"As long as intimacy goes on, so will Eternity." - Calvin Klein
The basis for the exhibition stems from an invitation to a Singaporean photographer to record the run-down conservation shop-houses numbers 107 and 109 Rowell Road (motorcycle workshop, garung kuni shop and brothel) before they are transformed by the resident curatorial team p-10 into Post-Museum (exhibition space, café, studios and offices). The result is 9 selectively composed photographic images of second floor cubicle partitions, urging viewers to piece together in their minds the cramped conditions for intimacy, in comparison with the present retrofits of an independent cultural space. Art’s intimacy and proximity to life and lives are questioned here with a potentially sensitive topic, but documented here with apolitical and banal representation.
The pastiche of the exhibition title is by no means a parody of the cologne by Calvin Klein, but an extension or re-reading of our presumptions of ‘Intimacy’, and ‘Eternity’; ‘Love’ and ‘Immortality’. These pair words, loaded by the promises between lovers are seductive and cautious. In the realm of art, they are callous, empty promises in the face of decay and superficial preservation. Eternity is but an idealised concept, loved by many
The idea of ‘eternity’ is also mentioned briefly by two writers; Haruki Murakami in Hard-boiled Wonderland and the End of the World, and Jorge Luis Borges in Labyrinths. Murakami suggests “humans are immortal in their thought”, sub-dividing the time we dwell on memories, and revisiting them over and over again. The idea is also mentioned in a short story by Borges, of a prisoner caught in his recollections, sub-dividing time and a recount of his life flashing before his eyes, before the bullets of a firing squad. The bullet slows infinitely as he recollects his memories over and over again. Photographs, by virtue of their verisimilitude to memories, offer the possibility of eternity if we can sub-divide time and trap our thoughts in the cycle of recalling. The blank walls in Chua’s photographs are like the sub-divisions of the narratives of the room, hardly distinguishable from the other but by the most observant. They challenge us to splice memories, revisiting them over and over again.
The works here are significant in two ways: they challenge the classification by photography, by reducing the subjective elements to their bare minimal and relying instead on the aura of the site. They also question the meaning and understanding of photography in Singapore. Truth be said, photography is growing in Singapore amidst commercial work (that suits the client) and non-commercial work (that suits one’s artistic vision); categories that can be further sub-divided into wedding, sports, macro photography and so on.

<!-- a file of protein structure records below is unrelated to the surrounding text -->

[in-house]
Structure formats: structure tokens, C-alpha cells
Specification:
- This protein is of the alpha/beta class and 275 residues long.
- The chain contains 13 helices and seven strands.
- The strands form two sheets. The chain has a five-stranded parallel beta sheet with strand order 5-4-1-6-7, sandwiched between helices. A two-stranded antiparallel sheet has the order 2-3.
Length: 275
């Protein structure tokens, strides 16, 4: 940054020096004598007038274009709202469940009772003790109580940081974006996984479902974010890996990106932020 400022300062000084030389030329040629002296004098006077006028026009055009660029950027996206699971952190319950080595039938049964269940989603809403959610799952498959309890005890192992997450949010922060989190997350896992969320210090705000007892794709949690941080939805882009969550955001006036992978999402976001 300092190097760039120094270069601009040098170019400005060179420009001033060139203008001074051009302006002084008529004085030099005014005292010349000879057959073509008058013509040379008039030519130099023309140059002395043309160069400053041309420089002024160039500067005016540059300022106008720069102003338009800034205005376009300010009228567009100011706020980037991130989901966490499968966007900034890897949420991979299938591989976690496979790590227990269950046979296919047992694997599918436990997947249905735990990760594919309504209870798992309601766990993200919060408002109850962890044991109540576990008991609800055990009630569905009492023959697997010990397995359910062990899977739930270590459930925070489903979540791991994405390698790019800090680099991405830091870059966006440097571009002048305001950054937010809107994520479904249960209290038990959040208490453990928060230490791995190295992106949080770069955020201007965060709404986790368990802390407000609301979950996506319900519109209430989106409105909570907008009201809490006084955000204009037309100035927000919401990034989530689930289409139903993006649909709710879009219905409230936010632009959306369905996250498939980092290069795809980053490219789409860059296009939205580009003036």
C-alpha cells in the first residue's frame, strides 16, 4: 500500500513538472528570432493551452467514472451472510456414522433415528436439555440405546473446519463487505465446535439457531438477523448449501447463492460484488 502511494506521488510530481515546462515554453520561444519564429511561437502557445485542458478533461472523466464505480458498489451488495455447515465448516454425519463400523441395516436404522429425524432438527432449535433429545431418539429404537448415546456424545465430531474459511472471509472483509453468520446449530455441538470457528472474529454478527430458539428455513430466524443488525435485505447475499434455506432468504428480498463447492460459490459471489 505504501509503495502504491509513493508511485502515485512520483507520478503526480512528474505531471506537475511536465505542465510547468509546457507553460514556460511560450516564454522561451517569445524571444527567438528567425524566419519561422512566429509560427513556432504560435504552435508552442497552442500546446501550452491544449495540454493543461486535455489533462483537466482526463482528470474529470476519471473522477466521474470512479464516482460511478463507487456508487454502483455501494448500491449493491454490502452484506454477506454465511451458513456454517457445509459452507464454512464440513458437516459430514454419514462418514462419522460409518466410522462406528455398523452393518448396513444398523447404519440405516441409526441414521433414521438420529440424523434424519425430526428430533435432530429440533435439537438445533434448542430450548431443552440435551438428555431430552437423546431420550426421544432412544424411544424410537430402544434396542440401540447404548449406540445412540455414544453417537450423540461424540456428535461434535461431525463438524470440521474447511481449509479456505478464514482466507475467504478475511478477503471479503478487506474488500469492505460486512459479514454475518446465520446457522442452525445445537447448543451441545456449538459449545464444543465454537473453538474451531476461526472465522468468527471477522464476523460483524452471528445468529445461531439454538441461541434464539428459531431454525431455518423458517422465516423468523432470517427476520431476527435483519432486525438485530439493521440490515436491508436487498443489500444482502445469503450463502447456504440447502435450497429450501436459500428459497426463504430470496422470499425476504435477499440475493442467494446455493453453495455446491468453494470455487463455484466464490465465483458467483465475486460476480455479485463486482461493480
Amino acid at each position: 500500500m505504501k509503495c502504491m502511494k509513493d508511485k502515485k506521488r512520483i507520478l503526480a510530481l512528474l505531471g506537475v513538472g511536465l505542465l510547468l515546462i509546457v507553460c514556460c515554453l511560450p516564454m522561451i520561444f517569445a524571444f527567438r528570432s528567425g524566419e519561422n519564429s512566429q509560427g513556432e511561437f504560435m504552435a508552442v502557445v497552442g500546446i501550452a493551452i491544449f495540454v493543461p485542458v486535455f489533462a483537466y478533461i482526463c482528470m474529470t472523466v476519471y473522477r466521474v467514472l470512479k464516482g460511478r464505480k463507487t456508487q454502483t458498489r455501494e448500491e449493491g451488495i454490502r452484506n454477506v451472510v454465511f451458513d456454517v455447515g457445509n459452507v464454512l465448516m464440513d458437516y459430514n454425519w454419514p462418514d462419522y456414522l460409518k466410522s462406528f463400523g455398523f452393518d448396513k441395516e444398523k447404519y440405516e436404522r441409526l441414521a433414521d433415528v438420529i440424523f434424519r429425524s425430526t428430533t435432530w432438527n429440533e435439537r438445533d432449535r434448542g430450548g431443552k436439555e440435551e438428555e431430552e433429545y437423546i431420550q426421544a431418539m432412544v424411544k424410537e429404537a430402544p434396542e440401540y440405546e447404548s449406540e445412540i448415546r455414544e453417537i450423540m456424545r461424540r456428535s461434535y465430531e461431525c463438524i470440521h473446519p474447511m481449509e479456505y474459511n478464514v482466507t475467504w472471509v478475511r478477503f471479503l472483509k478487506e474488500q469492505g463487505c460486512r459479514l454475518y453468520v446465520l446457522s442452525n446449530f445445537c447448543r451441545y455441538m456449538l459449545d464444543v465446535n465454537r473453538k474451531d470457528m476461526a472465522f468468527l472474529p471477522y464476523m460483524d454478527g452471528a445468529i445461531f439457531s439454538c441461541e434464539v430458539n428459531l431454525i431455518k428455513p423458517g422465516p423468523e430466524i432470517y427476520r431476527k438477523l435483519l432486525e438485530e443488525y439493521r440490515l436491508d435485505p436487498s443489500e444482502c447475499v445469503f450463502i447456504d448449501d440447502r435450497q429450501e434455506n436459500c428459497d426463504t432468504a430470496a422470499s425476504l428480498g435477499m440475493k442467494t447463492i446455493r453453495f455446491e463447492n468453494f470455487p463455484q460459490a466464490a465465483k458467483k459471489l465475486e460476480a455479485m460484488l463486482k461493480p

The photographs must be appreciated in situ, contrasting against the bare brick walls in the absence of the partitions that once held ten odd cubicles. The history of Rowell Road, the narrative that weaves the building’s shady past and present are poetically embraced by the romantic hope for “eternity” – either love made and lost by anonymous sex workers and transient workers that desired so, or individual artists and their artworks that transcend time.
Secondly, this exhibition tries to raise the issue of ethics in photography – negotiating truth and fiction, shedding light onto the taboo vice trade along Rowell Road, spotting neighbours amidst hordes of trishaw tourists… A private space is made public with these photographs but revealing nothing, except to those who know the ‘truth’ or history of the building. Truth, in its conceptual sense, is timeless. Universal truth is not bound under the aegis of time. Writers like Francis Fukuyama, however, will argue that ‘histories’ are myriad, constructed and narrated by men; often crafted to suit the occasion and tenuous needs.
Any place is a process, as geographer Allan Pred puts it: a “process of becoming”. The photographs here capture that moment of waste and despair before the transformation of the building into Post-Museum. Concept of eternity notwithstanding, acknowledging the space’s recent past through the mild but suggestive non-place photographs of Chua will no doubt motivate more probing, and hopefully attract interest in the new space and invite questioning of contemporary photography in Singapore.
Lim Kok Boon